A few days ago the 18th edition of MECSPE came to a close, a trade exhibition that I continue to view as one of the most successful events in Italy in recent years. Once again the exhibition was a fundamental meeting point for customers and suppliers and we returned to MICROingranaggi with some interesting new ideas and concepts to talk over.

An interesting topic arose from the various discussions that took place at the exhibition.

There are those who consider meetings with technical sales teams or, more in general, the actual sector exhibitions are now superfluous, as most decisions are made before meeting a vendor or sales rep,

thanks to the tools provided by the digital era, starting from the web.

But is this really the case?

I am not convinced. Or at least I think that we should make some clear distinctions between what we are actually purchasing,

Let me explain. If I need to buy a PC for home use because the one I have is now obsolete, it’s a good idea to search online to see what’s on the market, the opinions of the experts and the feedback from users. This means we can form a fairly clear opinion on which type of computer responds to our needs and purchase the same (perhaps online).

This concept may be useful (and I think it is) if we are looking at B2C sales, hence business to consumer.
B2B (business to business) however is a different matter.

If, for instance, I own a company that produces gears and I need to purchase a new gear hobbing machine, first of all I would see what’s on the market, that I don’t deny. So I would browse the web, visiting manufacturers sites, specialised industry portals and sector communities. All this, however, is not sufficient.
Because once I have the hobbing machine, I have to install it in my workshop, I have to have it commissioned, I have to make sure my technicians learn how to use it as quickly as possible and, first and foremost, I must be sure I can count on a knowledgeable, reliable and prompt support service in case of any machine down-times or other urgent situations.

So – based on the example of the support service – we all know that all retailers (and also the actual manufacturers) advertise an impeccable customer support service, often of a higher level than those of their competitors. This is obviously the case: nobody would ever declare or say that its hobbing machine is the best on the market, but lacking when it comes to technical support.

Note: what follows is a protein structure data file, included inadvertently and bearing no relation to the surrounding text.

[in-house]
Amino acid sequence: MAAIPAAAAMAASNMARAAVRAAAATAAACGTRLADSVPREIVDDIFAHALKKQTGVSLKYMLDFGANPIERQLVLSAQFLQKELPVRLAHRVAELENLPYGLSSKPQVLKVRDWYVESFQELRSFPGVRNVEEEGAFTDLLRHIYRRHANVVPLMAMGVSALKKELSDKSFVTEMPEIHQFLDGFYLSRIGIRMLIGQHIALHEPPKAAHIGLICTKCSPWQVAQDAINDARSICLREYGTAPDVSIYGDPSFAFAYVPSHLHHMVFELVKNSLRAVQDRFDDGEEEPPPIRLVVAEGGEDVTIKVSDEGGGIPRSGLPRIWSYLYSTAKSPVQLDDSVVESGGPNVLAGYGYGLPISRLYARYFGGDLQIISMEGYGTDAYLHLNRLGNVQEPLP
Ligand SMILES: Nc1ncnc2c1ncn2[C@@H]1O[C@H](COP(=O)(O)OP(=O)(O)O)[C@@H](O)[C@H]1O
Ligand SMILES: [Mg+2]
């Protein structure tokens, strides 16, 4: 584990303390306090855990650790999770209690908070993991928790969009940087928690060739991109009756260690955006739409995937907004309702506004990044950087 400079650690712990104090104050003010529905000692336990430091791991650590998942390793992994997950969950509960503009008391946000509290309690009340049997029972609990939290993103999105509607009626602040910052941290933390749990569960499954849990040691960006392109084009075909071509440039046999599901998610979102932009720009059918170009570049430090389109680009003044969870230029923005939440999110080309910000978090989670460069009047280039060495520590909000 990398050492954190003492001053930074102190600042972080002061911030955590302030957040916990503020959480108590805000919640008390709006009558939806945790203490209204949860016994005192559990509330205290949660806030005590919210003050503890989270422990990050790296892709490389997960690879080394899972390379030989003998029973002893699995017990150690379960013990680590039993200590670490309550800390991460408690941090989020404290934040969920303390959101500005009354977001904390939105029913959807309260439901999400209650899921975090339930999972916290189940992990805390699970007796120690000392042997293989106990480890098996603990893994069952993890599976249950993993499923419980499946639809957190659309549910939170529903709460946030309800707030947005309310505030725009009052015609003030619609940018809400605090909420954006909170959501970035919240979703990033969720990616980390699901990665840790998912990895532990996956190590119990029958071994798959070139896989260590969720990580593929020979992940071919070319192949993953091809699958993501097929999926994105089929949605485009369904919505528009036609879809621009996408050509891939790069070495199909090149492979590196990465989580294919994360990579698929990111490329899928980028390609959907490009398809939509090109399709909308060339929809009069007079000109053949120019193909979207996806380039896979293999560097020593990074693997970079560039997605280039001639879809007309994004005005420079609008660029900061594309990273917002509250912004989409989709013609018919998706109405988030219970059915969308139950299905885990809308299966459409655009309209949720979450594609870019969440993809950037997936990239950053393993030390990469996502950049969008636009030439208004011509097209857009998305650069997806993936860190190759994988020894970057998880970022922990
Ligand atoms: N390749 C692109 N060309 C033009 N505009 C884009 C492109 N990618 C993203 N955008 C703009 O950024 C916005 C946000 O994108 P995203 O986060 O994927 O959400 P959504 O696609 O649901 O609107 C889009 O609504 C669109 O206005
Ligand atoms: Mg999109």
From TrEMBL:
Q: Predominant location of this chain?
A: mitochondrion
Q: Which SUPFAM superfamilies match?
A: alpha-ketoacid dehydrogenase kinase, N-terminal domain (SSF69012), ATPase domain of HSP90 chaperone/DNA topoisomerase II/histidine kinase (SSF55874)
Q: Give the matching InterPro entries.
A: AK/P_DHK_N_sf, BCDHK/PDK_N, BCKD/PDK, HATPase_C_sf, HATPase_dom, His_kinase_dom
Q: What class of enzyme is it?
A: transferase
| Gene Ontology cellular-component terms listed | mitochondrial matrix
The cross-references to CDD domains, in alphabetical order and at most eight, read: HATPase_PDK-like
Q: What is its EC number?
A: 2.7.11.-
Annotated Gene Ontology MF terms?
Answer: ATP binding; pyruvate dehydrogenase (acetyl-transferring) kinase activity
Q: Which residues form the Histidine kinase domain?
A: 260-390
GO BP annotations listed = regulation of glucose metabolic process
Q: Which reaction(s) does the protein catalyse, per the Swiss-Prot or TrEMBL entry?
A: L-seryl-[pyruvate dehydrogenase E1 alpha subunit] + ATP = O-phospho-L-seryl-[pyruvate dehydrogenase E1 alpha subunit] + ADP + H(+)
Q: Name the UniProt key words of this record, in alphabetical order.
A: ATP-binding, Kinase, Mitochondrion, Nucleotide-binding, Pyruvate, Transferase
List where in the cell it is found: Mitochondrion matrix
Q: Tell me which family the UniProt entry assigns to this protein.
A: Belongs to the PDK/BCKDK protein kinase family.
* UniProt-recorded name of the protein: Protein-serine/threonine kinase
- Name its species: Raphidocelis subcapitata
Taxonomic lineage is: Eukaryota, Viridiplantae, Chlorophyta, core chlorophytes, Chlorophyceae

So it will be up to us, using our experience and our intuition, to decide – with a face-to-face chat – who our interlocutor actually is and what the company he represents is able to offer us.

So, at a B2B level,

nowadays it is undeniably easy to find suppliers, or rather we should call them “potential suppliers”, as the digital era and the tools it makes available to us, in actual fact do not help us understand the capacity of an enterprise, its level of organization, its reliability and manufacturing potential.

And it is also impossible to understand the type of feeling we will be able to establish with our contact persons. Because, at the end of the day, every company is made of people and the personal relations we are able to establish with our contact persons will be an important factor in the decision we are about to make.


I don’t dispute the fact that using the web is of fundamental importance when searching for a B2B supplier,

as conducting your search, going from one booth to another at all the sector exhibitions and events, would become infeasible, especially given the lack of time we all have nowadays.
After an initial screening, however, I think most of the work still remains to be completed.